refinishing 1913 douglas fir in a bathroom.
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BlakeAronson



Joined: 14 Jul 2009
Posts: 48
Location: Long Beach, CA

PostPosted: Fri Apr 11, 2014 9:53 am    Post subject: refinishing 1913 douglas fir in a bathroom. Reply with quote

I am getting ready to remodel a bathroom in my 1913 craftsman. Was leaning towards some vintage looking penny tile but the original douglas fir floors are still there so I've been debating sticking with wood. The same flooring was refinished elsewhere in the house and turned out great. The bathroom has had many layers of vinyl flooring installed so the flooring has been covered for probably most of it's life, I have carefully removed it in a few areas around the tub to inspect and have not found any damage yet, of course I wont know until it is all removed (and yes I know there is probably asbestos in the bottom layer or two, fortunately we're only talking about a 7x8' bathroom)

If I were to refinish the wood flooring, what would be the best type of finish to help protect against mouisture? Also note I am in CA so a lot of the better finishes aren't sold here anymore. The bathroom has two windows and a ventilation fan so it doesn't stay humid. I do realize that any water spills have to be wiped up promptly when it comes to wood flooring.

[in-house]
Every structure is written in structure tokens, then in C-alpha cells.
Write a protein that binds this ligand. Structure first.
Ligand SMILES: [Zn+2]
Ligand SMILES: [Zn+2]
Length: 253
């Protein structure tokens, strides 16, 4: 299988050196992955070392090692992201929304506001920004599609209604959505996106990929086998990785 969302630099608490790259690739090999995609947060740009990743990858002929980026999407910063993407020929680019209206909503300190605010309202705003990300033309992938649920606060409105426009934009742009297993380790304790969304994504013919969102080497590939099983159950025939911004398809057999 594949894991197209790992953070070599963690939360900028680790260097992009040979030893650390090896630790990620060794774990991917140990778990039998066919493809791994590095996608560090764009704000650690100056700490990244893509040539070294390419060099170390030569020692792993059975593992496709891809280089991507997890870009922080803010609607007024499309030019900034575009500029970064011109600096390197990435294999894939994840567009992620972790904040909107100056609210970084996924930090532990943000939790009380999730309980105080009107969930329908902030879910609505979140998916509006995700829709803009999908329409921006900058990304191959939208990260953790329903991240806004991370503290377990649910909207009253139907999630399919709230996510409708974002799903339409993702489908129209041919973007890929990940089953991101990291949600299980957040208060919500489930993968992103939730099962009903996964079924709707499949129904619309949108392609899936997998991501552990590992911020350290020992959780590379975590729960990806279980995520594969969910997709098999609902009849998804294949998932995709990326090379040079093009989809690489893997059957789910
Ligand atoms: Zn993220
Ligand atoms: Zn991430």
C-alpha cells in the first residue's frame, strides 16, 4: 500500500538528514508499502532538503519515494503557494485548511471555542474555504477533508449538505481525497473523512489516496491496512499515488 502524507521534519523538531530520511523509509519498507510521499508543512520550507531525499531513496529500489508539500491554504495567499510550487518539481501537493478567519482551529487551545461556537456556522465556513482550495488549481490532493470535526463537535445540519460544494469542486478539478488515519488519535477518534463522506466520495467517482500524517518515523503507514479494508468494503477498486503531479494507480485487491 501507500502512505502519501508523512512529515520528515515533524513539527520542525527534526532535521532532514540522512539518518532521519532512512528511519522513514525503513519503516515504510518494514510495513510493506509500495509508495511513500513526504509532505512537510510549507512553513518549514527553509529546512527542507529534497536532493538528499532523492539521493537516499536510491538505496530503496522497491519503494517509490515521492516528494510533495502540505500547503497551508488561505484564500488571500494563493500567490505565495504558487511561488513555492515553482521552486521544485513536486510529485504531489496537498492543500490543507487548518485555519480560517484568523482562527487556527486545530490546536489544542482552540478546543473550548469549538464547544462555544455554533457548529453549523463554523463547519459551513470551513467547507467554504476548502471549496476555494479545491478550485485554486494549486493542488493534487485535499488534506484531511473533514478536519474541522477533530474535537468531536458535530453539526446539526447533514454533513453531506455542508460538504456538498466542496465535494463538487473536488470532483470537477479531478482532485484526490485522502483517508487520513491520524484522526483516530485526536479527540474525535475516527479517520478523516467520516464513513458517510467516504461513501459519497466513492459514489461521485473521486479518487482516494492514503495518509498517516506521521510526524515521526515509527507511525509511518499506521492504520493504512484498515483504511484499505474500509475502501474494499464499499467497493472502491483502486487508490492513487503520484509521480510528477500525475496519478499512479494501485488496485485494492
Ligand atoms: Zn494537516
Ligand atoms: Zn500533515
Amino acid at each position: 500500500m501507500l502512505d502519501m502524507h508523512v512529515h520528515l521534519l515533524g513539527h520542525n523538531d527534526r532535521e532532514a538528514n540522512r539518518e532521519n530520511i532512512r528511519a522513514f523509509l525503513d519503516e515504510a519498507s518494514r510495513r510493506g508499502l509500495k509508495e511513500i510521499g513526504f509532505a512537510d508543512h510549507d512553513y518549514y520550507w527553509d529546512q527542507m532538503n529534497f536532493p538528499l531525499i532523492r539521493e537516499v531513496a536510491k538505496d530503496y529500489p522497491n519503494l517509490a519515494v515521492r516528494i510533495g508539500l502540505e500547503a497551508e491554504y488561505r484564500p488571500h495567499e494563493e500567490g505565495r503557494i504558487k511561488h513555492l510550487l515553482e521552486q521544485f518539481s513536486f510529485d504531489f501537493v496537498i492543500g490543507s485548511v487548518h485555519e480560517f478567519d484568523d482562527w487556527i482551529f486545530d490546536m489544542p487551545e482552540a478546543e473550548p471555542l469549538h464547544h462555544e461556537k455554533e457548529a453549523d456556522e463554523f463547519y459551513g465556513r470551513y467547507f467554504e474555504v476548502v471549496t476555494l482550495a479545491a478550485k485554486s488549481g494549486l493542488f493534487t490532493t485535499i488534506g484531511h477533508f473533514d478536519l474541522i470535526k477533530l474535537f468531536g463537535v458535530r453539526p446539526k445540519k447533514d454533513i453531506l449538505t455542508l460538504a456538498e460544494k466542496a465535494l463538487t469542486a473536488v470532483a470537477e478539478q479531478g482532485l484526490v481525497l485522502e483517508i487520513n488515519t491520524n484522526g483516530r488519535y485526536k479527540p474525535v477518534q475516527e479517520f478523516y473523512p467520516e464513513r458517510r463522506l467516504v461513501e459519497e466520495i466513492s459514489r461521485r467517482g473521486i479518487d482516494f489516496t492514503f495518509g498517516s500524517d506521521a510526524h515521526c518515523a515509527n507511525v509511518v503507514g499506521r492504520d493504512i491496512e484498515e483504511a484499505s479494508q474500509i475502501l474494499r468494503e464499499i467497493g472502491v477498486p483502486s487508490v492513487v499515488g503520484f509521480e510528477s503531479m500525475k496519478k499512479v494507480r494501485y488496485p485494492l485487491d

As anyone lived with a wood floor in an old house bathroom, would you recommend it or advise against it? I'm imagining this old growth wood would be more durable than anything new.

Thanks
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rncx



Joined: 21 Jun 2008
Posts: 660
Location: Little Rock, AR

PostPosted: Sun Aug 31, 2014 10:35 pm    Post subject: Reply with quote

Wood is a lot more durable than people give it credit for, to be honest. Particularly old growth stuff.

If you think about it...no matter what finish you use, the joints and the bottoms of the wood will not be finished. They're going to take on moisture, and then release that moisture when they dry.

So the short answer is...don't worry about it, as long as you put something as a top coat that is not sensitive to water. Using bare shellac in a bathroom would not be wise due to its sensitivity to water, but even that would be ok with something else as a top coat.

After all, we all mop our wood floors from time to time don't we? Yet our houses do not fall down ;).

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